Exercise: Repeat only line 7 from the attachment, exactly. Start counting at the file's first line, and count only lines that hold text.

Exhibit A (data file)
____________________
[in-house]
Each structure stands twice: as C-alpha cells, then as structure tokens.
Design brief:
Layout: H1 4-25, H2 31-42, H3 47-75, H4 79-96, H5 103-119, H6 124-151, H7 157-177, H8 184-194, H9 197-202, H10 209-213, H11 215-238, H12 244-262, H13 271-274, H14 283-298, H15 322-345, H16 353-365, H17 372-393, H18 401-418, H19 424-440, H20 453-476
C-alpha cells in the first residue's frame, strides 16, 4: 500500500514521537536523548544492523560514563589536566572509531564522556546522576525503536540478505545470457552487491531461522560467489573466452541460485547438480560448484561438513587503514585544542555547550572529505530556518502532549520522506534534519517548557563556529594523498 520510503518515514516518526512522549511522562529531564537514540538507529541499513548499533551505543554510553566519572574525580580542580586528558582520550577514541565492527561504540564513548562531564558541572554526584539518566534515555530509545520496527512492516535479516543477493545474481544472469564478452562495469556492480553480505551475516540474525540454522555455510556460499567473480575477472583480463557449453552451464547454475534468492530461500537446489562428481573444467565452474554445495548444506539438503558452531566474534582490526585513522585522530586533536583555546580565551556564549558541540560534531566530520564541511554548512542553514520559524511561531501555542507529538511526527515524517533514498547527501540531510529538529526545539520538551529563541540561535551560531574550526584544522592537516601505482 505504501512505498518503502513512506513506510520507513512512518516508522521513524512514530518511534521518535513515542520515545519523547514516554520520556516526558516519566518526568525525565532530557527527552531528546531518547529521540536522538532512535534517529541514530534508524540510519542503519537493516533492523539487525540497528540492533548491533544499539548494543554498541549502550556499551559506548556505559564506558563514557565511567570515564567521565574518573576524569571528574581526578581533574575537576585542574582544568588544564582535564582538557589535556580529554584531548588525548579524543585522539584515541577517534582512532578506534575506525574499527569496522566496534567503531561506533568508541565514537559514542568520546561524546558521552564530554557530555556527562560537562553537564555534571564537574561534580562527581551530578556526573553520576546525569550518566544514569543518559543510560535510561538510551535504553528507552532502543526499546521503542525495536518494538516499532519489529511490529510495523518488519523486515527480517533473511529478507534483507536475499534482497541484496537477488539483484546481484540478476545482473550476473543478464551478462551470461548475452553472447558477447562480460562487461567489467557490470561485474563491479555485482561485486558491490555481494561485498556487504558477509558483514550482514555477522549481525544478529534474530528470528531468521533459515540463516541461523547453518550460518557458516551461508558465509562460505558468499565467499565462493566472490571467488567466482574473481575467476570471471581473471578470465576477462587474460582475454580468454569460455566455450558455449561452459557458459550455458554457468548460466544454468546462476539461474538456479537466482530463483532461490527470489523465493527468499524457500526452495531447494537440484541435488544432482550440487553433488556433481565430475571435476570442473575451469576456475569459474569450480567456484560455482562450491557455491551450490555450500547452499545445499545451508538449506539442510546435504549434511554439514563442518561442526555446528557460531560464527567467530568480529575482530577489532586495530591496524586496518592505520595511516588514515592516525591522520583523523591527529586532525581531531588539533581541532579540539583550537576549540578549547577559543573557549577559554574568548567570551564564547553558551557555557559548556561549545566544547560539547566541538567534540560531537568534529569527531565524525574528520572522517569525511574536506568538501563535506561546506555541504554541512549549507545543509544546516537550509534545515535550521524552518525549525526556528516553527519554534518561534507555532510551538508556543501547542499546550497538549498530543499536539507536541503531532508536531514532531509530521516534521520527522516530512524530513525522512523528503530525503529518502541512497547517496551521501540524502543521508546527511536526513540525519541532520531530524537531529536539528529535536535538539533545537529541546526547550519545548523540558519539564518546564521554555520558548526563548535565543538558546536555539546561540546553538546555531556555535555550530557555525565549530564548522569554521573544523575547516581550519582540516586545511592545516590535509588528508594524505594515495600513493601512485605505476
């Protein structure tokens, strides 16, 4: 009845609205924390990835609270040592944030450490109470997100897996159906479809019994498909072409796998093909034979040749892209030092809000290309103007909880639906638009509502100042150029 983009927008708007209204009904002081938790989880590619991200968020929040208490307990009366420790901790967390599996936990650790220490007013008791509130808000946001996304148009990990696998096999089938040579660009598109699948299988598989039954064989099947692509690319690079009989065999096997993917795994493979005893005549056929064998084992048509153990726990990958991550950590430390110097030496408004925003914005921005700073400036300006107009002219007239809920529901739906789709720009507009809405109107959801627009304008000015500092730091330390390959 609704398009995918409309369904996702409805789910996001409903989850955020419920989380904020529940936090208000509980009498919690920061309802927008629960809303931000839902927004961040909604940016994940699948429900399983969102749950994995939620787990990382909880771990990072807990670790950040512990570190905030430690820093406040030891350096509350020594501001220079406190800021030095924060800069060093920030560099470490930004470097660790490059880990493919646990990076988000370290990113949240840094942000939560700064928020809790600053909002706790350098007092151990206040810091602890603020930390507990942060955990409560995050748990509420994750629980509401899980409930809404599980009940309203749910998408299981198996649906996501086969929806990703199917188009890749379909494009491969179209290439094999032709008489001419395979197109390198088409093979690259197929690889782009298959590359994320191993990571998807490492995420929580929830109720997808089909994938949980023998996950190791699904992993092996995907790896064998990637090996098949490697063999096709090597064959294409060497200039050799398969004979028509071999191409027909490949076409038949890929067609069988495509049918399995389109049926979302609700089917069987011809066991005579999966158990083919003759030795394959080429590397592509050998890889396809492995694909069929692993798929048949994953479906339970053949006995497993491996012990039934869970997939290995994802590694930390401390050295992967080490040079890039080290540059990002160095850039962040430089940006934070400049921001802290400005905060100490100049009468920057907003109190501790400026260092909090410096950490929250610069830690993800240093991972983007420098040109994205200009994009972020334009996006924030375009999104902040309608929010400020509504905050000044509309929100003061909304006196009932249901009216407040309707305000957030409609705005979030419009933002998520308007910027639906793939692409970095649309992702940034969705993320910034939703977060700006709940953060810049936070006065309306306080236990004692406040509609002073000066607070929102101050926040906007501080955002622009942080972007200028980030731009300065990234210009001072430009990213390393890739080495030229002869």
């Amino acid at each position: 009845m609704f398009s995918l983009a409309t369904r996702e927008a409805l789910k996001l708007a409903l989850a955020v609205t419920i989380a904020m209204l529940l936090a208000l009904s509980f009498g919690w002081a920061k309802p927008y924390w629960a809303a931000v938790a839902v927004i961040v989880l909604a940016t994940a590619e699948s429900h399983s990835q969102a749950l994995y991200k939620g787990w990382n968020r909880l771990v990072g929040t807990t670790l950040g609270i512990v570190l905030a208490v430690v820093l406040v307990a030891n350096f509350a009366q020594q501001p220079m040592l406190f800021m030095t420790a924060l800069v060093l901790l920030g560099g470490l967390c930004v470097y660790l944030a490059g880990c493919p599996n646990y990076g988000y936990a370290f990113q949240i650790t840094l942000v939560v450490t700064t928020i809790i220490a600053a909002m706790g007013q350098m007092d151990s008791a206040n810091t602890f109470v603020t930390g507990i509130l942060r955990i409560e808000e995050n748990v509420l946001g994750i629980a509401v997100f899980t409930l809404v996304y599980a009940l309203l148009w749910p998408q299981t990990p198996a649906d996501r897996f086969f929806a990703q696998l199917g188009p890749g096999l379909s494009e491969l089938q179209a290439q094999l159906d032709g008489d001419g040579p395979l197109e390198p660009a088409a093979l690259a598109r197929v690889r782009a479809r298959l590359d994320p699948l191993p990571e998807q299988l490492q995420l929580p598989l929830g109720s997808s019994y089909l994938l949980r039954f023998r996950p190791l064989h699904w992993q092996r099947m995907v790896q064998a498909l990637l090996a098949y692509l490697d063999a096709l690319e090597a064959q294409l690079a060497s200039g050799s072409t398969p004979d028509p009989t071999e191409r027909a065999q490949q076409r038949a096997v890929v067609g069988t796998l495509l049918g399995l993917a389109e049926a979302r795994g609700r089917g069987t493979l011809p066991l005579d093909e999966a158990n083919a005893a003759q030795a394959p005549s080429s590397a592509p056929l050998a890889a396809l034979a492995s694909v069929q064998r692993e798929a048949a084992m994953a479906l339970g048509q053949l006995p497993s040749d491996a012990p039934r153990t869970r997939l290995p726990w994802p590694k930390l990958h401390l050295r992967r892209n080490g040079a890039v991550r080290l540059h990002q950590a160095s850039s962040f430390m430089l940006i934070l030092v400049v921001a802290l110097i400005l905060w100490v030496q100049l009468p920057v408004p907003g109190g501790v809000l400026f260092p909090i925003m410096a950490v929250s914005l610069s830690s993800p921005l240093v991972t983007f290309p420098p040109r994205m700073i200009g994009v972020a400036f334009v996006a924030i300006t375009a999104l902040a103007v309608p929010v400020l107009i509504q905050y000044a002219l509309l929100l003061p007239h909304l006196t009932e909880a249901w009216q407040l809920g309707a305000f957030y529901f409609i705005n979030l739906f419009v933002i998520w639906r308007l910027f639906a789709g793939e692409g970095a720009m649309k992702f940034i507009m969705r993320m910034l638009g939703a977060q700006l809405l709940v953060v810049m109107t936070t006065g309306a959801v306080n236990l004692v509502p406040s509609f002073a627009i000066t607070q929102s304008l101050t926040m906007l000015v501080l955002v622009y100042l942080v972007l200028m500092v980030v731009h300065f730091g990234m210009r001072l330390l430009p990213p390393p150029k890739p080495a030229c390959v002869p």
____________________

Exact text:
């Amino acid at each position: 009845m609704f398009s995918l983009a409309t369904r996702e927008a409805l789910k996001l708007a409903l989850a955020v609205t419920i989380a904020m209204l529940l936090a208000l009904s509980f009498g919690w002081a920061k309802p927008y924390w629960a809303a931000v938790a839902v927004i961040v989880l909604a940016t994940a590619e699948s429900h399983s990835q969102a749950l994995y991200k939620g787990w990382n968020r909880l771990v990072g929040t807990t670790l950040g609270i512990v570190l905030a208490v430690v820093l406040v307990a030891n350096f509350a009366q020594q501001p220079m040592l406190f800021m030095t420790a924060l800069v060093l901790l920030g560099g470490l967390c930004v470097y660790l944030a490059g880990c493919p599996n646990y990076g988000y936990a370290f990113q949240i650790t840094l942000v939560v450490t700064t928020i809790i220490a600053a909002m706790g007013q350098m007092d151990s008791a206040n810091t602890f109470v603020t930390g507990i509130l942060r955990i409560e808000e995050n748990v509420l946001g994750i629980a509401v997100f899980t409930l809404v996304y599980a009940l309203l148009w749910p998408q299981t990990p198996a649906d996501r897996f086969f929806a990703q696998l199917g188009p890749g096999l379909s494009e491969l089938q179209a290439q094999l159906d032709g008489d001419g040579p395979l197109e390198p660009a088409a093979l690259a598109r197929v690889r782009a479809r298959l590359d994320p699948l191993p990571e998807q299988l490492q995420l929580p598989l929830g109720s997808s019994y089909l994938l949980r039954f023998r996950p190791l064989h699904w992993q092996r099947m995907v790896q064998a498909l990637l090996a098949y692509l490697d063999a096709l690319e090597a064959q294409l690079a060497s200039g050799s072409t398969p004979d028509p009989t071999e191409r027909a065999q490949q076409r038949a096997v890929v067609g069988t796998l495509l049918g399995l993917a389109e049926a979302r795994g609700r089917g069987t493979l011809p066991l005579d093909e999966a158990n083919a005893a003759q030795a394959p005549s080429s590397a592509p056929l050998a890889a396809l034979a492995s694909v069929q064998r692993e798929a048949a084992m994953a479906l339970g048509q053949l006995p497993s040749d491996a012990p039934r153990t869970r997939l290995p726990w994802p590694k930390l990958h401390l050295r992967r892209n080490g040079a890039v991550r080290l540059h990002q950590a160095s850039s962040f430390m430089l940006i934070l030092v400049v921001a802290l110097i400005l905060w100490v030496q100049l009468p920057v408004p907003g109190g501790v809000l400026f260092p909090i925003m410096a950490v929250s914005l610069s830690s993800p921005l240093v991972t983007f290309p420098p040109r994205m700073i200009g994009v972020a400036f334009v996006a924030i300006t375009a999104l902040a103007v309608p929010v400020l107009i509504q905050y000044a002219l509309l929100l003061p007239h909304l006196t009932e909880a249901w009216q407040l809920g309707a305000f957030y529901f409609i705005n979030l739906f419009v933002i998520w639906r308007l910027f639906a789709g793939e692409g970095a720009m649309k992702f940034i507009m969705r993320m910034l638009g939703a977060q700006l809405l709940v953060v810049m109107t936070t006065g309306a959801v306080n236990l004692v509502p406040s509609f002073a627009i000066t607070q929102s304008l101050t926040m906007l000015v501080l955002v622009y100042l942080v972007l200028m500092v980030v731009h300065f730091g990234m210009r001072l330390l430009p990213p390393p150029k890739p080495a030229c390959v002869p």